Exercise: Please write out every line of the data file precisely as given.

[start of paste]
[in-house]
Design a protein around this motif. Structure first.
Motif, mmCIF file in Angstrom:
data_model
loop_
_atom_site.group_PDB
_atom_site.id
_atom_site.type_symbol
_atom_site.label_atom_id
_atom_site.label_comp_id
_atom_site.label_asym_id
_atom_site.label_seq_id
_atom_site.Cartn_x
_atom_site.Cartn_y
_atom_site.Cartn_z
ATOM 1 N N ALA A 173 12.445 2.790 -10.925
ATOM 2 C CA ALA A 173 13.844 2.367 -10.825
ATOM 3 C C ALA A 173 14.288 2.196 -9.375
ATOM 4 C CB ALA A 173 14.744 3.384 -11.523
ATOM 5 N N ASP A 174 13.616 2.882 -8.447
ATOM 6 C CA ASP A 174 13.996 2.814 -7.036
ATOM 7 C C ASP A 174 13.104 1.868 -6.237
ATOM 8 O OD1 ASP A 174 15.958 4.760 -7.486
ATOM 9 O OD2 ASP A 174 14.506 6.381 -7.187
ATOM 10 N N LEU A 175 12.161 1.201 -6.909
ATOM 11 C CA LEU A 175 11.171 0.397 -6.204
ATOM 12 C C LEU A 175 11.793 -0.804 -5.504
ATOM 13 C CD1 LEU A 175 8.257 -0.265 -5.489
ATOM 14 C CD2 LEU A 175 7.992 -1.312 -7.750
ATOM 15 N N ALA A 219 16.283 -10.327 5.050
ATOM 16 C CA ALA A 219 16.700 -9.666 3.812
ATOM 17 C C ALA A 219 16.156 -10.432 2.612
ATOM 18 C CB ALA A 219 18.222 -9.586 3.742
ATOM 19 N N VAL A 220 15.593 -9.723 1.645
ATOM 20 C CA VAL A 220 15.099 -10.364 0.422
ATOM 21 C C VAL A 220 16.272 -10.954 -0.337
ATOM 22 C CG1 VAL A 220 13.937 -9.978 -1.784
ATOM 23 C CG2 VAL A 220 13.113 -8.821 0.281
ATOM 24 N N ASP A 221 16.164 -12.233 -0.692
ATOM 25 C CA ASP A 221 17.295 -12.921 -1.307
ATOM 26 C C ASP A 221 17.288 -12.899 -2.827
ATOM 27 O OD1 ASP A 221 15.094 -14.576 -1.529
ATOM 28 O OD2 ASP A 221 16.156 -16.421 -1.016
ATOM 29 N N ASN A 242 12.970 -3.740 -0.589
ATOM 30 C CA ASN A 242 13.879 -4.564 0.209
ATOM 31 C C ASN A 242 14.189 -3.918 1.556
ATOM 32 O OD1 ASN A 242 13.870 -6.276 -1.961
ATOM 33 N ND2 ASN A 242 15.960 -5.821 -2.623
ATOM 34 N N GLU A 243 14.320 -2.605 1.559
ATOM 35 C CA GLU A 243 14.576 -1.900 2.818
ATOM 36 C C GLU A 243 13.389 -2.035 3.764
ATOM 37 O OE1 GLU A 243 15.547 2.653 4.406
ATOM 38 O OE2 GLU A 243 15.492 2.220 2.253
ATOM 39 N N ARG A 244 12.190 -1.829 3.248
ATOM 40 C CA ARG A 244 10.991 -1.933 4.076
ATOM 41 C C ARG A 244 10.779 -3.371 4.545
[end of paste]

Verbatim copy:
[in-house]
Design a protein around this motif. Structure first.
Motif, mmCIF file in Angstrom:
data_model
loop_
_atom_site.group_PDB
_atom_site.id
_atom_site.type_symbol
_atom_site.label_atom_id
_atom_site.label_comp_id
_atom_site.label_asym_id
_atom_site.label_seq_id
_atom_site.Cartn_x
_atom_site.Cartn_y
_atom_site.Cartn_z
ATOM 1 N N ALA A 173 12.445 2.790 -10.925
ATOM 2 C CA ALA A 173 13.844 2.367 -10.825
ATOM 3 C C ALA A 173 14.288 2.196 -9.375
ATOM 4 C CB ALA A 173 14.744 3.384 -11.523
ATOM 5 N N ASP A 174 13.616 2.882 -8.447
ATOM 6 C CA ASP A 174 13.996 2.814 -7.036
ATOM 7 C C ASP A 174 13.104 1.868 -6.237
ATOM 8 O OD1 ASP A 174 15.958 4.760 -7.486
ATOM 9 O OD2 ASP A 174 14.506 6.381 -7.187
ATOM 10 N N LEU A 175 12.161 1.201 -6.909
ATOM 11 C CA LEU A 175 11.171 0.397 -6.204
ATOM 12 C C LEU A 175 11.793 -0.804 -5.504
ATOM 13 C CD1 LEU A 175 8.257 -0.265 -5.489
ATOM 14 C CD2 LEU A 175 7.992 -1.312 -7.750
ATOM 15 N N ALA A 219 16.283 -10.327 5.050
ATOM 16 C CA ALA A 219 16.700 -9.666 3.812
ATOM 17 C C ALA A 219 16.156 -10.432 2.612
ATOM 18 C CB ALA A 219 18.222 -9.586 3.742
ATOM 19 N N VAL A 220 15.593 -9.723 1.645
ATOM 20 C CA VAL A 220 15.099 -10.364 0.422
ATOM 21 C C VAL A 220 16.272 -10.954 -0.337
ATOM 22 C CG1 VAL A 220 13.937 -9.978 -1.784
ATOM 23 C CG2 VAL A 220 13.113 -8.821 0.281
ATOM 24 N N ASP A 221 16.164 -12.233 -0.692
ATOM 25 C CA ASP A 221 17.295 -12.921 -1.307
ATOM 26 C C ASP A 221 17.288 -12.899 -2.827
ATOM 27 O OD1 ASP A 221 15.094 -14.576 -1.529
ATOM 28 O OD2 ASP A 221 16.156 -16.421 -1.016
ATOM 29 N N ASN A 242 12.970 -3.740 -0.589
ATOM 30 C CA ASN A 242 13.879 -4.564 0.209
ATOM 31 C C ASN A 242 14.189 -3.918 1.556
ATOM 32 O OD1 ASN A 242 13.870 -6.276 -1.961
ATOM 33 N ND2 ASN A 242 15.960 -5.821 -2.623
ATOM 34 N N GLU A 243 14.320 -2.605 1.559
ATOM 35 C CA GLU A 243 14.576 -1.900 2.818
ATOM 36 C C GLU A 243 13.389 -2.035 3.764
ATOM 37 O OE1 GLU A 243 15.547 2.653 4.406
ATOM 38 O OE2 GLU A 243 15.492 2.220 2.253
ATOM 39 N N ARG A 244 12.190 -1.829 3.248
ATOM 40 C CA ARG A 244 10.991 -1.933 4.076
ATOM 41 C C ARG A 244 10.779 -3.371 4.545